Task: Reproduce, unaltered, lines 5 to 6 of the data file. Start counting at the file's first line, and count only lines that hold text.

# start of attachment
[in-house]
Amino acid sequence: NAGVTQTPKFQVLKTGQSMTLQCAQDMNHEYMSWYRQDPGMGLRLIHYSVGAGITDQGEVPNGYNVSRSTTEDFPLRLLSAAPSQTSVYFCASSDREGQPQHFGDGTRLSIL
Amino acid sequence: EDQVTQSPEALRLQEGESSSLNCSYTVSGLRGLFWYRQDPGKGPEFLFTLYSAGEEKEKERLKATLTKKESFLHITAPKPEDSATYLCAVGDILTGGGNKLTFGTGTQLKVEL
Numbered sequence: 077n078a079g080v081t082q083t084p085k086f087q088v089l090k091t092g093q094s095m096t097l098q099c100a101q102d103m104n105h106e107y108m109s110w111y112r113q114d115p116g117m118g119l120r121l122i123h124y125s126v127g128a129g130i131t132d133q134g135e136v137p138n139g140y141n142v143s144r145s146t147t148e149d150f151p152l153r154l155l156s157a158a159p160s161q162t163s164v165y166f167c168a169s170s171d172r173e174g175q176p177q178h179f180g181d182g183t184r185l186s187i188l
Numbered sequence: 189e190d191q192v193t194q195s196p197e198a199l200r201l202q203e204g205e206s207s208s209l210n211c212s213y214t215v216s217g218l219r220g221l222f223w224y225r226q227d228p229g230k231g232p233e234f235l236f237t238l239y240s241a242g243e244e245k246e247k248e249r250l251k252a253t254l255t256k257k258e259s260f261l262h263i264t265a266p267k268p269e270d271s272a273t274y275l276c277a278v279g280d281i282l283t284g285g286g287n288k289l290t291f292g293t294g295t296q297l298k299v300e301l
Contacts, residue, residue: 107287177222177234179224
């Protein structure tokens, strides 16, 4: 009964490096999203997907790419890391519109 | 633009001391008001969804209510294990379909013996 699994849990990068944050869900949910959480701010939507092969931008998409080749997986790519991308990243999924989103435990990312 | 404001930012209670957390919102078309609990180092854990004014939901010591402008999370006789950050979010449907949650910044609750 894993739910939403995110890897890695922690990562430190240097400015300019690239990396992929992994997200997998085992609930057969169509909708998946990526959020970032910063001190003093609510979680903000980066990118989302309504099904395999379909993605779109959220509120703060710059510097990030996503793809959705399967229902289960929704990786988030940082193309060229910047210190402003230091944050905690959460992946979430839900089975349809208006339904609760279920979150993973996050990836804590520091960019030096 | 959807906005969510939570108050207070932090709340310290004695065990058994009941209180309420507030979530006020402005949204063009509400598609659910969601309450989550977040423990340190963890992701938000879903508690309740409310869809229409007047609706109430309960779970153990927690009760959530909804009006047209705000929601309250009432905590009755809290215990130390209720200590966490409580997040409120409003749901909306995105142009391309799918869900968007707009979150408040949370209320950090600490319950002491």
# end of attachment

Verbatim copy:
Numbered sequence: 189e190d191q192v193t194q195s196p197e198a199l200r201l202q203e204g205e206s207s208s209l210n211c212s213y214t215v216s217g218l219r220g221l222f223w224y225r226q227d228p229g230k231g232p233e234f235l236f237t238l239y240s241a242g243e244e245k246e247k248e249r250l251k252a253t254l255t256k257k258e259s260f261l262h263i264t265a266p267k268p269e270d271s272a273t274y275l276c277a278v279g280d281i282l283t284g285g286g287n288k289l290t291f292g293t294g295t296q297l298k299v300e301l
Contacts, residue, residue: 107287177222177234179224